Hunt should have looked to US President Joe Biden for more creative economic thinking. Biden’s Inflation Reduction Act, which includes $370 billion in clean-energy subsidies, is based on an almost-forgotten macroeconomic idea known as the balanced-budget multiplier: higher public spending can be paid for by raising taxes on the rich. Biden’s stated policy is still to balance the budget, but this approach would enable him to do so while boosting spending, rather than adopting the sort of austerity policies UK governments continue to pursue.

Biden’s economic policy represents a welcome return to the old Keynesian view that aggregate demand matters. By contrast, Hunt’s plan to boost economic growth depends entirely on remedying so-called structural (or supply-side) deficiencies.

The UK’s puzzling labor shortage underscores the inadequacy of the British government’s approach. The number of unemployed people is 1.3 million, and millions more working-age Britons are not employed or actively seeking work. Yet many businesses are struggling to find workers, with job vacancies jumping to 1.1 million. Hunt’s answer is to increase incentives for the “economically inactive” to rejoin the labour market. But in practice, he is encouraging people to apply for jobs that do not exist.

The reason is that despite supply bottlenecks in sectors such as retail, hospitality, and agriculture, the economy as a whole is experiencing a deficiency of aggregate demand. Given that the British economy has still not recovered to its 2019 level, and that consumption has fallen while the population has grown by 1.7 million between 2020 and 2023, this should not come as a surprise. Yet, the government’s latest budget makes no mention of boosting aggregate demand for labor, either on the consumption or the investment side.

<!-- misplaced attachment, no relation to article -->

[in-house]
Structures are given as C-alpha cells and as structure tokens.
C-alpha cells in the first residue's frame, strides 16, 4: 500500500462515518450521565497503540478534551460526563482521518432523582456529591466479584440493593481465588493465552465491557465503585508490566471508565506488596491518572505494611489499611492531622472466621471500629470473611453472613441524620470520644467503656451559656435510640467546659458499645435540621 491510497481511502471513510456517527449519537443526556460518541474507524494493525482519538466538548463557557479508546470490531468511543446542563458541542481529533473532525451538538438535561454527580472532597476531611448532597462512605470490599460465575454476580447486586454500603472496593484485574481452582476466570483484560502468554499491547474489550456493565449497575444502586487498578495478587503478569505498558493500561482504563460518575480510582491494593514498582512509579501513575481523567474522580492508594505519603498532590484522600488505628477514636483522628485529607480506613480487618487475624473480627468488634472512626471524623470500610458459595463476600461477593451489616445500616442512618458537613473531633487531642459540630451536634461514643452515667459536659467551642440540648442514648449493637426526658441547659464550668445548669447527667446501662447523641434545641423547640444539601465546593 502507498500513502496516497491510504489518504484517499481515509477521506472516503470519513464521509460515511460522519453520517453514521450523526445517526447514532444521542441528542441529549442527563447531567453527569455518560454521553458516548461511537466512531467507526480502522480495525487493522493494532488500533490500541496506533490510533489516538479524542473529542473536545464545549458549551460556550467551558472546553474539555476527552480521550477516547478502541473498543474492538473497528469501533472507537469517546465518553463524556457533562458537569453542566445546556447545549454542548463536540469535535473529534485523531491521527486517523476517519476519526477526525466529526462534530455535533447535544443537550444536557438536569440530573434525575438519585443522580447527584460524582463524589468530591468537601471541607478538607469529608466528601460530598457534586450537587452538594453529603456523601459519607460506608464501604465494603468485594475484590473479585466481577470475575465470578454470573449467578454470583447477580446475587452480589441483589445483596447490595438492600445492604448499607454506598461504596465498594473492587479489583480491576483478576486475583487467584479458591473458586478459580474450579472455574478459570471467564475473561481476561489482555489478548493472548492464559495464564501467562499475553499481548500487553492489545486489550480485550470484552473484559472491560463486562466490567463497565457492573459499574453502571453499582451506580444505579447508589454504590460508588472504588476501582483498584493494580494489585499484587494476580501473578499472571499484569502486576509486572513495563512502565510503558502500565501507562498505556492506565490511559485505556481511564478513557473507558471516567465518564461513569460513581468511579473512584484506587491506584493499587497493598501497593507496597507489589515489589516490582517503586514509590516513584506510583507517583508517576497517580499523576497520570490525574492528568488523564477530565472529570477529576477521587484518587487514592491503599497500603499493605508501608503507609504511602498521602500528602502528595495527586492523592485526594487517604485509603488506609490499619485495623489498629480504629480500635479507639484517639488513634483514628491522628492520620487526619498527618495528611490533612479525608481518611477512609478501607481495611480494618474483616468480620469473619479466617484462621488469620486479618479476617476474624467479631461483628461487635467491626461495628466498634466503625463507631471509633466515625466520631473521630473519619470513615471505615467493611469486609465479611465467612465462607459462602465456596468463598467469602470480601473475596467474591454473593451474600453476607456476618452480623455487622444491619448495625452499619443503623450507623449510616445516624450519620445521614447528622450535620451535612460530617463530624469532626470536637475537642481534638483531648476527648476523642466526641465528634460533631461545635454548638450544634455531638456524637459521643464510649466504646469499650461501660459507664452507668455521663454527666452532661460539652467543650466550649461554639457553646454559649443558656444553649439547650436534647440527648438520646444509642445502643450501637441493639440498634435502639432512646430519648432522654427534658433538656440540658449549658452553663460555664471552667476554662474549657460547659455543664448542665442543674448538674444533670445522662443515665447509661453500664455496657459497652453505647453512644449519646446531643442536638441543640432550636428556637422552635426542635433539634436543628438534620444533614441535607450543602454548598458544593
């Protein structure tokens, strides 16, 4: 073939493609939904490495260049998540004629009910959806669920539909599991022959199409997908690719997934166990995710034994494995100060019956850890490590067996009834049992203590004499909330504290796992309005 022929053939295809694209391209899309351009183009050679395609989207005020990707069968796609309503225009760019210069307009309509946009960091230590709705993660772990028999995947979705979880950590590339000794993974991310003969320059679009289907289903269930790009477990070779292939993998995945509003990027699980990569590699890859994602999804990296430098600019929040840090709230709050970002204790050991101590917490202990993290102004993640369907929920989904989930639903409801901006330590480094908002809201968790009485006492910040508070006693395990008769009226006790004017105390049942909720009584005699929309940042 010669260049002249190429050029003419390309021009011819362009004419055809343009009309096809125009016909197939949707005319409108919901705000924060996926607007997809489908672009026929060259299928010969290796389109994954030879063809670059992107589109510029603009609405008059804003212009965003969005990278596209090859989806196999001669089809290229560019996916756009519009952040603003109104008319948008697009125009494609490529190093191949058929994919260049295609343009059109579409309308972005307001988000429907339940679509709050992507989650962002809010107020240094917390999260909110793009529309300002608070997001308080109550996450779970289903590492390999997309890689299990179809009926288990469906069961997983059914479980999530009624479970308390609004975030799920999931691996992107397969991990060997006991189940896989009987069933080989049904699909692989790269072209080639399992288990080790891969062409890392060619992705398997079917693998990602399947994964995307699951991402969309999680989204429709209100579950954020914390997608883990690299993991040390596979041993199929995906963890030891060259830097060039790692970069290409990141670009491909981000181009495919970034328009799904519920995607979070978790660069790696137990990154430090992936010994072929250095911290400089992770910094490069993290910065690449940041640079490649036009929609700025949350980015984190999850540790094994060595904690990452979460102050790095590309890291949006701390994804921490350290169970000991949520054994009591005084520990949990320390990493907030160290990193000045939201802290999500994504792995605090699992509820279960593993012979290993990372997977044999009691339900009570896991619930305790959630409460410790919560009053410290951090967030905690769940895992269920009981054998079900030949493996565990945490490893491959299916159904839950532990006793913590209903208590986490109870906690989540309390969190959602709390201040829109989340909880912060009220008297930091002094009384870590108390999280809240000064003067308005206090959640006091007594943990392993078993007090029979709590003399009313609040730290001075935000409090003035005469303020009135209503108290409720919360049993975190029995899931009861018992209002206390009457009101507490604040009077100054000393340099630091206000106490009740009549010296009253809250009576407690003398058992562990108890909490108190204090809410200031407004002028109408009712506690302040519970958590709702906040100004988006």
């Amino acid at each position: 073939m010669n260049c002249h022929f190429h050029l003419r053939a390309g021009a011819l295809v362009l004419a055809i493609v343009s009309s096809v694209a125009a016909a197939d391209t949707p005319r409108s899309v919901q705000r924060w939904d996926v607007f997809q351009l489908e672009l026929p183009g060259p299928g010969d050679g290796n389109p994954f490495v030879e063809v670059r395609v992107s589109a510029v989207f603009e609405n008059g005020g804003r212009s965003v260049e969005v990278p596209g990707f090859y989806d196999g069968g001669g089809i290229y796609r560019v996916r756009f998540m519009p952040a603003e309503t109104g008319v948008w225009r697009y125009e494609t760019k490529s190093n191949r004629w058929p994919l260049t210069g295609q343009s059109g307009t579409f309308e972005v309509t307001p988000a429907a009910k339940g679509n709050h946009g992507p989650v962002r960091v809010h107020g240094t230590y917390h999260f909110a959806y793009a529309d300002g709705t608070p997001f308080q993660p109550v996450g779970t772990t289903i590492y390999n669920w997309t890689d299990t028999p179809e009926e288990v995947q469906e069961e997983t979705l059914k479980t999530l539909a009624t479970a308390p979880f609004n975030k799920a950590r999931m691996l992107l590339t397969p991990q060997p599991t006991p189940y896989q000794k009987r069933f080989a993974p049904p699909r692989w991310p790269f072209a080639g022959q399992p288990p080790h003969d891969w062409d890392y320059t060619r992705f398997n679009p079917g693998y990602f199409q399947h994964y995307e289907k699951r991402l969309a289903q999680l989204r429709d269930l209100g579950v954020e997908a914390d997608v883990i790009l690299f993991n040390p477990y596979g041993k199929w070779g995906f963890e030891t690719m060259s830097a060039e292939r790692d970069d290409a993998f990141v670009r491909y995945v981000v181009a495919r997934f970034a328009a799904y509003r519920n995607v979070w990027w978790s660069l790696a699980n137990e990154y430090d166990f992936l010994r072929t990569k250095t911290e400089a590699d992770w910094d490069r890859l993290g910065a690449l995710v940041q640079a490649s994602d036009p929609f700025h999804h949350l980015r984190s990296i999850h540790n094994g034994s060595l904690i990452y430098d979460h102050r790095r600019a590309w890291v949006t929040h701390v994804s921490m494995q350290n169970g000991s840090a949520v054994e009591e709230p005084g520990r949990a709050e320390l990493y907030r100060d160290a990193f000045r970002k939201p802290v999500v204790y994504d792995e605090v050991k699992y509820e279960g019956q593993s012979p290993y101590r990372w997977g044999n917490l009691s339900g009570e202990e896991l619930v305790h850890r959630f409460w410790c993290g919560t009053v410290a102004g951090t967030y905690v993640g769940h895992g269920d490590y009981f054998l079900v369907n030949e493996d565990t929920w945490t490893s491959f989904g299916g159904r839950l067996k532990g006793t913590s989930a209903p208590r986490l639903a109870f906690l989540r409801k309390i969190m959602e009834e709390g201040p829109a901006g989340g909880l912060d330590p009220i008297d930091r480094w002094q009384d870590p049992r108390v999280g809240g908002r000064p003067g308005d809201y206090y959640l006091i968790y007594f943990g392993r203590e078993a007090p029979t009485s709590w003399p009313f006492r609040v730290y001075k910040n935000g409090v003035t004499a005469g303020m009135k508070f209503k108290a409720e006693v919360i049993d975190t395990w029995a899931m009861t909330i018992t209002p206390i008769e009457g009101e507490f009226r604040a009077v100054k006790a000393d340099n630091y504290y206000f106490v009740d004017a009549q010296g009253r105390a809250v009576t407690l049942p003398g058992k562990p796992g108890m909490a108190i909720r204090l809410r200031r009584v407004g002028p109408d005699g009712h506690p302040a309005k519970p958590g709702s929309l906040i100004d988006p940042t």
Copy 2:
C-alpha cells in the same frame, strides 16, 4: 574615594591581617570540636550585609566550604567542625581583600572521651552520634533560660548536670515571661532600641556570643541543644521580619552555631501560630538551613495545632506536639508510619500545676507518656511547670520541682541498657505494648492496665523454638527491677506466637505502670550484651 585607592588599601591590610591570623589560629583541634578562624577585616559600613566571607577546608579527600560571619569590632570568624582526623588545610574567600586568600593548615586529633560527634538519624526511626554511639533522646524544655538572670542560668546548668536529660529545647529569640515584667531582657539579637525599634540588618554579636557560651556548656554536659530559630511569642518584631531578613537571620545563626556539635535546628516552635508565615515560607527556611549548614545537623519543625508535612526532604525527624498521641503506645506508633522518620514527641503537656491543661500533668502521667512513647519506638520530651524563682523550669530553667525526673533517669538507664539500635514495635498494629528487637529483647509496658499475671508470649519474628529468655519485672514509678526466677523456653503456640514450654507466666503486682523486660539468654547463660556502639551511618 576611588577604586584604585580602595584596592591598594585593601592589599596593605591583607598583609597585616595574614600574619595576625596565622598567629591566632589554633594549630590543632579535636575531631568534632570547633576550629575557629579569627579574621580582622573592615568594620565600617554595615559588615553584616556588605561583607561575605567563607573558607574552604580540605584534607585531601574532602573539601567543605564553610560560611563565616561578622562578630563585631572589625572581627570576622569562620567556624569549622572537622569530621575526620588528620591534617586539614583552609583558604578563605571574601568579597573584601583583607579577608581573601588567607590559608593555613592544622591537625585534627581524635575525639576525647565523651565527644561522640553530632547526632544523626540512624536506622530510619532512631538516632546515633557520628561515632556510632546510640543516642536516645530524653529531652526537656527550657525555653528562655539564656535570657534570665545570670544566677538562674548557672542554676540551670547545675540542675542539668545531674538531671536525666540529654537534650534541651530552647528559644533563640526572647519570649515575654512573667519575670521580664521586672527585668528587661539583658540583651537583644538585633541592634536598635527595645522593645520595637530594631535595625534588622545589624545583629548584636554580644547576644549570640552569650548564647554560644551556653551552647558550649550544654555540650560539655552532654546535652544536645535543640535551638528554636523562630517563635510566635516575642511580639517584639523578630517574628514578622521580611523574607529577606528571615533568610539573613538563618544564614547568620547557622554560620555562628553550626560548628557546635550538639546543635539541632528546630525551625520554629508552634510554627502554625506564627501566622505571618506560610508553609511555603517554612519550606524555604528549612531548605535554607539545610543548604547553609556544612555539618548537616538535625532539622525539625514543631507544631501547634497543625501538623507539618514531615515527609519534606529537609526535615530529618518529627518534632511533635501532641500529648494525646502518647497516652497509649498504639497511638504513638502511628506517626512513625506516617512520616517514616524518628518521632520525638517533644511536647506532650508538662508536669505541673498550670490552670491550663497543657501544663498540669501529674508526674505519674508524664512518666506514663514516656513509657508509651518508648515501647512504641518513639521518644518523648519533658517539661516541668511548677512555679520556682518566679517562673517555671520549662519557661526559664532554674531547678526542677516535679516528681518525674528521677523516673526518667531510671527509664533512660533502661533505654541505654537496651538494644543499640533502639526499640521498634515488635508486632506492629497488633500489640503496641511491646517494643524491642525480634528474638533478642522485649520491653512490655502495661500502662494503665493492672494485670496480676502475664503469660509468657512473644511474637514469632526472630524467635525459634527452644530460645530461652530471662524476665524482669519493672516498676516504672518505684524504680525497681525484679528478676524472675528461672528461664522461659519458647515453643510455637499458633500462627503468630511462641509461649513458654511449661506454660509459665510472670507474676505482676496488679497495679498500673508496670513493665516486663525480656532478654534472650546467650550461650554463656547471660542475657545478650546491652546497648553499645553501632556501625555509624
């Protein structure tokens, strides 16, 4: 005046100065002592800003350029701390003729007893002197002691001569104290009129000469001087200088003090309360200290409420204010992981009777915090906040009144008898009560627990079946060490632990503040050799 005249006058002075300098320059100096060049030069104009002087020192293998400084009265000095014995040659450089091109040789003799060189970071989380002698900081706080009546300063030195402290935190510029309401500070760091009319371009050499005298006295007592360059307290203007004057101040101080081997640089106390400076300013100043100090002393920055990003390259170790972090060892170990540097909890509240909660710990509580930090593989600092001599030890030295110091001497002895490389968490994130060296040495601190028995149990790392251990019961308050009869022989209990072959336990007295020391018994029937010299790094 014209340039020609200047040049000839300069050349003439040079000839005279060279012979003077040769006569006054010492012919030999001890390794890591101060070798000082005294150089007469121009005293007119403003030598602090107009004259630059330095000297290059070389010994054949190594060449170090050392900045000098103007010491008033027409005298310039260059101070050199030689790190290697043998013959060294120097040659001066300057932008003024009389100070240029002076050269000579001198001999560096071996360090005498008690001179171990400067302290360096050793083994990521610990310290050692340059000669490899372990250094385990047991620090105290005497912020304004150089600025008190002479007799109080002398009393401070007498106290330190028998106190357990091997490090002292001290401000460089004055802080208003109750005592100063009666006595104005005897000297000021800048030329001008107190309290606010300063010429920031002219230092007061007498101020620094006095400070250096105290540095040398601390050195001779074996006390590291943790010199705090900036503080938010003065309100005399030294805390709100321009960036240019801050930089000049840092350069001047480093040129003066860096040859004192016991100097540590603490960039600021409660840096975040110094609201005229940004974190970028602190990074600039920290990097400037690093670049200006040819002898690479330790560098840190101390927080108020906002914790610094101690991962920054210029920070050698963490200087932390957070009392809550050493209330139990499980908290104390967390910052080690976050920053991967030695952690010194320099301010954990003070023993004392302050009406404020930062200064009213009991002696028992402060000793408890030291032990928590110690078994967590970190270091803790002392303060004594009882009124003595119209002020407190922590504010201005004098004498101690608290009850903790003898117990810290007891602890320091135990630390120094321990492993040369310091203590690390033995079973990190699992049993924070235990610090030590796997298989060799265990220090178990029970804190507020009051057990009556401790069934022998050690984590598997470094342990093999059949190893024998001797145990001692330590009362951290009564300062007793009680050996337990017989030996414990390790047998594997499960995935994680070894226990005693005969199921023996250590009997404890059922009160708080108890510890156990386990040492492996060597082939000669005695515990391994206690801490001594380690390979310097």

In late 2020, former UK Prime Minister Gordon Brown and I proposed a scheme whereby the government would guarantee a job and/or training to anyone who could not find work in the private sector, at a fixed hourly rate not lower than the national minimum wage. This, we argued, would be the quickest way to boost aggregate consumption in the economy without resorting to complicated forecasts about the size of the output gap. As John Maynard Keynes once said, “Look after unemployment and the budget will look after itself.”

On the investment side, Hunt announced the creation of 12 investment zones free from the burdensome regulations that supposedly stifle entrepreneurs’ “animal spirits”. In concentrating on these supply-side measures, however, Hunt has missed an opportunity to beef up two nascent publicly-financed investment institutions: The UK Infrastructure Bank, which was set up in June 2021 to provide finance for projects to tackle climate change and support local economic growth, and the British Business Bank, created in 2014 to fill the financing gap for small businesses. By enhancing public investment, the government could improve business expectations and divert investment from speculation to critical green-energy projects and regional development.

At a time of global turmoil and heightened uncertainty, the national budget’s primary purpose is not to steer the economy to the point of imagined stability. Rather, policymakers must use fiscal policy to protect the least well-off from disruptive external blows and to achieve maximum strategic autonomy in a world that is spinning out of control.


Robert Skidelsky, a member of the British House of Lords, is professor emeritus of Political Economy at Warwick University. Copyright: Project Syndicate, 2023.